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    Quote Originally Posted by SeanF
    But in Einstein's thought experiment, we have "points A and B of K". Both A and B need to be on the same sheet of paper. "...[T]the clock at A is moved with the velocity v along the line AB to B...". So, how do you get the clock from point A to point B with the clock at B staying at B?

    You do it like this:

    A/A’1--------------------B2/B’

    The clock that is at A in K, remains at A’ in K1, but it moves from A to B in K. The clock that remains at B in K, moves from B’ to A’ in K1.

    That’s because the whole frames are moving relatively. Like this at the start:

    Twenty dashes apart:

    A/A’1--------------------B2/B’

    And then this about halfway through the motion:

    Ten dashes apart:

    A----------A’1>----------<B2----------B’

    And at the end:

    Together:

    A--------------------A’1/B2--------------------B’

    So, A never winds up overlapping B’ as you said in one of your thought experiments. There was no need for you to even mention A overlapping B’, since it does not happen in Einstein’s thought experiment. When Clock 1 and Clock 2 relatively move toward each other, A and B’ relatively move apart. They never move closer together.

    If you had A and B’ moving closer together, then you would have Clock 1 and Clock 2 moving apart, not toward one another. You are getting your –v and +v confused.

    If the two clocks move closer together, then their relative velocity is “v”. If they move apart, then their relative velocity is –v.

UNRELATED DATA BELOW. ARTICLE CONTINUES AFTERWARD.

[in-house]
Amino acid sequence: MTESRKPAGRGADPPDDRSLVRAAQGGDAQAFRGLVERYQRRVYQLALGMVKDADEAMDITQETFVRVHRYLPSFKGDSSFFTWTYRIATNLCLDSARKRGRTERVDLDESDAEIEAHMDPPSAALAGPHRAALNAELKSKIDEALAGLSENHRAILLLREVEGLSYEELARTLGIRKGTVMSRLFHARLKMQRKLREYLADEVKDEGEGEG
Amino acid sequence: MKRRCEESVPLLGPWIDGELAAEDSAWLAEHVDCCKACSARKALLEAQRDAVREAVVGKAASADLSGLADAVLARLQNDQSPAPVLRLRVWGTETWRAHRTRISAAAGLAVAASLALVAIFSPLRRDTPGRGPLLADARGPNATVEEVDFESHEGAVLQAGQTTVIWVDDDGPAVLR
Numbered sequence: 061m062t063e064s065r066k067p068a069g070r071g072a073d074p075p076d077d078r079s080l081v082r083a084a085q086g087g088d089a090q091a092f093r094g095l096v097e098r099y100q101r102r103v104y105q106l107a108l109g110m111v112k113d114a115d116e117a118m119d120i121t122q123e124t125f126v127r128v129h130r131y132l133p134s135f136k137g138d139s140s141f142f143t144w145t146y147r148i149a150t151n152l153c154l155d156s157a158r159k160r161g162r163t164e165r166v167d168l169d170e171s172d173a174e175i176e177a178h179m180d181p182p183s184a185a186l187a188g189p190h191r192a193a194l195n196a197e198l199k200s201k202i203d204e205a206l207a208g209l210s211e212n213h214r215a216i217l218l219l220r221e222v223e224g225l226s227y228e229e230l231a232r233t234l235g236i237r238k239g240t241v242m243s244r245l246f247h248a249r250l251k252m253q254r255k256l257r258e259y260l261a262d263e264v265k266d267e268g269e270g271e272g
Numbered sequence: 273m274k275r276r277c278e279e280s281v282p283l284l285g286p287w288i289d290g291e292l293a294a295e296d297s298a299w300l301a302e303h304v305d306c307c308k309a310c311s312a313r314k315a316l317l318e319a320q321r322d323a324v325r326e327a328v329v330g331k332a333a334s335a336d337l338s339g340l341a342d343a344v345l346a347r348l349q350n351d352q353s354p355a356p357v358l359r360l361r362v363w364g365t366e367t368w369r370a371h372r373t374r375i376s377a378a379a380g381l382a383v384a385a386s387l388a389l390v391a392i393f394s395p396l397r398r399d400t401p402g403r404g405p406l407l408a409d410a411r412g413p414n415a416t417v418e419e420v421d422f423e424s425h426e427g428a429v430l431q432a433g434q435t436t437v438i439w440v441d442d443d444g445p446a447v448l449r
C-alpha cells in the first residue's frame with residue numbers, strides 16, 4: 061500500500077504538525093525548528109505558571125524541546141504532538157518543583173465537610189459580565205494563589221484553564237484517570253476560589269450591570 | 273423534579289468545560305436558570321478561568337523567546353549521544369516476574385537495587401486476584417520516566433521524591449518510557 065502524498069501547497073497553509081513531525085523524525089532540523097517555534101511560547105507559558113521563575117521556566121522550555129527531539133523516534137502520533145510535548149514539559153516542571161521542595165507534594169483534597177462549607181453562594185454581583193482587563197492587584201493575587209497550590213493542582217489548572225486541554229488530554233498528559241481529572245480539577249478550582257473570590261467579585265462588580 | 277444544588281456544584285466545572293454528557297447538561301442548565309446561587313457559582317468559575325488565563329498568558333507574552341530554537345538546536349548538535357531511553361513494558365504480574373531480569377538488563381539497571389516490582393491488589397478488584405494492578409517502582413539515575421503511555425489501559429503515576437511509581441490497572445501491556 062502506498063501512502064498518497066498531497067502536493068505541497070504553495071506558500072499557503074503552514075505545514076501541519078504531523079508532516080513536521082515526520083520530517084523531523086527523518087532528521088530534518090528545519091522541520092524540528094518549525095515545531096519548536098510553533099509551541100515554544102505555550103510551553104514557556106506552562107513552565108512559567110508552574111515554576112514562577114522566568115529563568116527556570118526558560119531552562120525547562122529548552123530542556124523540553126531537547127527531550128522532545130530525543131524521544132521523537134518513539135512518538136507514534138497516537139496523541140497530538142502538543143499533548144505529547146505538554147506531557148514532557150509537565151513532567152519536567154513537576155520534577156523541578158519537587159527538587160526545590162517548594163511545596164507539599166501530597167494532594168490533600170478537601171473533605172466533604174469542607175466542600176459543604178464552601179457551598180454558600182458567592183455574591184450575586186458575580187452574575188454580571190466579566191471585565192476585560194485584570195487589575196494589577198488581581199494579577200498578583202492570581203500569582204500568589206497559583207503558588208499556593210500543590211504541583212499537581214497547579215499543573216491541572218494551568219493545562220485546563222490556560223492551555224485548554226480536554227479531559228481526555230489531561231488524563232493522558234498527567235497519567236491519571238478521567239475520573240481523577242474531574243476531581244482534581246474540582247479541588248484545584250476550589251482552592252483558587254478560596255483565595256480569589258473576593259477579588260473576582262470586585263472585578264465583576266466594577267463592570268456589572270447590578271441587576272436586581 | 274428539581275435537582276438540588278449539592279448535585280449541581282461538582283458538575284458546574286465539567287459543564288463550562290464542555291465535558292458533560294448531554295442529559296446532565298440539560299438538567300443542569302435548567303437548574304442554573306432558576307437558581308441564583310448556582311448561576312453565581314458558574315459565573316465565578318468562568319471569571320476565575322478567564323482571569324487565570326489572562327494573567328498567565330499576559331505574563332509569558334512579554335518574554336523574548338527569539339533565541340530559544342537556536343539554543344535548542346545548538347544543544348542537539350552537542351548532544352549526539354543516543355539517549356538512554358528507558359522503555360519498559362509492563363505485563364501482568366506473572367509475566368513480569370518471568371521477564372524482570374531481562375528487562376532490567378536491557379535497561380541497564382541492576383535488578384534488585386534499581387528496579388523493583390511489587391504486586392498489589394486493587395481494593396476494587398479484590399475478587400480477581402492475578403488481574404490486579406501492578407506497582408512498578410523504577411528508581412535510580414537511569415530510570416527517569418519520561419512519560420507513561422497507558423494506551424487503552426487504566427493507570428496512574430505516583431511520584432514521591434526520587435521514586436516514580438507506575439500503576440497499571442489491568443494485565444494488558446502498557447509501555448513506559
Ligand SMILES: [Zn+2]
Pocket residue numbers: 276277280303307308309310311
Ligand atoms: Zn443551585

16. #286
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    Quote Originally Posted by SeanF
    The clock at B goes on the same sheet of paper as points A and B, the clock at A goes on the other. Regardless of which sheet of paper you move, the clock goes from A to B and lags behind in time.
    Nope.

    On one sheet of paper, 20 dashes apart, the K frame:

    A--------------------B(clock2)

    On the other sheet of paper, 20 dashes apart, the K1 frame:

    A’(clock1)--------------------B’

    Now, overlap the two frames and move Clock 1 and Clock 2 together, and you'll see A and B' move further apart.

    The motion is relative. Both the K1 and K observers see the other frame's clock move and time dilate the same amount. The paradox still exists.

  17. #287
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    Quote Originally Posted by Sam5
    Quote Originally Posted by SeanF
    The clock at B goes on the same sheet of paper as points A and B, the clock at A goes on the other. Regardless of which sheet of paper you move, the clock goes from A to B and lags behind in time.
    Nope.

    On one sheet of paper, 20 dashes apart, the K frame:

    A--------------------B(clock2)

    On the other sheet of paper, 20 dashes apart, the K1 frame:

    A’(clock1)--------------------B’

    Now, overlap the two frames and move Clock 1 and Clock 2 together, and you'll see A and B' move further apart.

    The motion is relative. Both the K1 and K observers see the other frame's clock move and time dilate the same amount. The paradox still exists.
    So the paper with A and B is reference frame K and the paper with A' and B' is reference frame k, correct? But if k and K are in relative motion and A matches up with A', then B won't match up with B'. That's what the four transformation equations at the end of Section 3 are for. If you leave those out, you're going to get a paradox.

    Once you put those in, you find that moving A to B' doesn't put B at A', and vice versa.

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    Quote Originally Posted by SeanF